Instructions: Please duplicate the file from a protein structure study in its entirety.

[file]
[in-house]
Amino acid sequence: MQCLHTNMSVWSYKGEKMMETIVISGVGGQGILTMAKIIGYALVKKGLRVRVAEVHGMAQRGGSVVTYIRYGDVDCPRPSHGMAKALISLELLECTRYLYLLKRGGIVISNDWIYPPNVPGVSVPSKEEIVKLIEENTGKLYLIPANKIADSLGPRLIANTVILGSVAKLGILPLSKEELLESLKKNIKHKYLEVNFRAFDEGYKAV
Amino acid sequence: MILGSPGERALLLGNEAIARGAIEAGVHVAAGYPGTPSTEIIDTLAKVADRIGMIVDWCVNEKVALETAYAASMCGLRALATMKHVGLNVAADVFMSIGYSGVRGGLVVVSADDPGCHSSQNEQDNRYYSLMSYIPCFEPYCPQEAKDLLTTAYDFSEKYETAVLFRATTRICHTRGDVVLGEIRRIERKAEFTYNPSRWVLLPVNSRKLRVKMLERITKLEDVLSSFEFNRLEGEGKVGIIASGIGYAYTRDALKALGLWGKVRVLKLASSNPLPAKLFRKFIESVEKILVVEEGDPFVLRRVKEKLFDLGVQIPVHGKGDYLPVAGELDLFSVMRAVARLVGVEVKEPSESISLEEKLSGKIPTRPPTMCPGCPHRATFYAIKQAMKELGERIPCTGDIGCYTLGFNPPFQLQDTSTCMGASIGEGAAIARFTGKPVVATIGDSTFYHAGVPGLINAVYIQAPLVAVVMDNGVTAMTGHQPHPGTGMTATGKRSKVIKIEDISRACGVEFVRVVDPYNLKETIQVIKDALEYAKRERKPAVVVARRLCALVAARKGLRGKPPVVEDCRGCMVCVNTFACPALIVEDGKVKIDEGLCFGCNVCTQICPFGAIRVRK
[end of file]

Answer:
[in-house]
Amino acid sequence: MQCLHTNMSVWSYKGEKMMETIVISGVGGQGILTMAKIIGYALVKKGLRVRVAEVHGMAQRGGSVVTYIRYGDVDCPRPSHGMAKALISLELLECTRYLYLLKRGGIVISNDWIYPPNVPGVSVPSKEEIVKLIEENTGKLYLIPANKIADSLGPRLIANTVILGSVAKLGILPLSKEELLESLKKNIKHKYLEVNFRAFDEGYKAV
Amino acid sequence: MILGSPGERALLLGNEAIARGAIEAGVHVAAGYPGTPSTEIIDTLAKVADRIGMIVDWCVNEKVALETAYAASMCGLRALATMKHVGLNVAADVFMSIGYSGVRGGLVVVSADDPGCHSSQNEQDNRYYSLMSYIPCFEPYCPQEAKDLLTTAYDFSEKYETAVLFRATTRICHTRGDVVLGEIRRIERKAEFTYNPSRWVLLPVNSRKLRVKMLERITKLEDVLSSFEFNRLEGEGKVGIIASGIGYAYTRDALKALGLWGKVRVLKLASSNPLPAKLFRKFIESVEKILVVEEGDPFVLRRVKEKLFDLGVQIPVHGKGDYLPVAGELDLFSVMRAVARLVGVEVKEPSESISLEEKLSGKIPTRPPTMCPGCPHRATFYAIKQAMKELGERIPCTGDIGCYTLGFNPPFQLQDTSTCMGASIGEGAAIARFTGKPVVATIGDSTFYHAGVPGLINAVYIQAPLVAVVMDNGVTAMTGHQPHPGTGMTATGKRSKVIKIEDISRACGVEFVRVVDPYNLKETIQVIKDALEYAKRERKPAVVVARRLCALVAARKGLRGKPPVVEDCRGCMVCVNTFACPALIVEDGKVKIDEGLCFGCNVCTQICPFGAIRVRK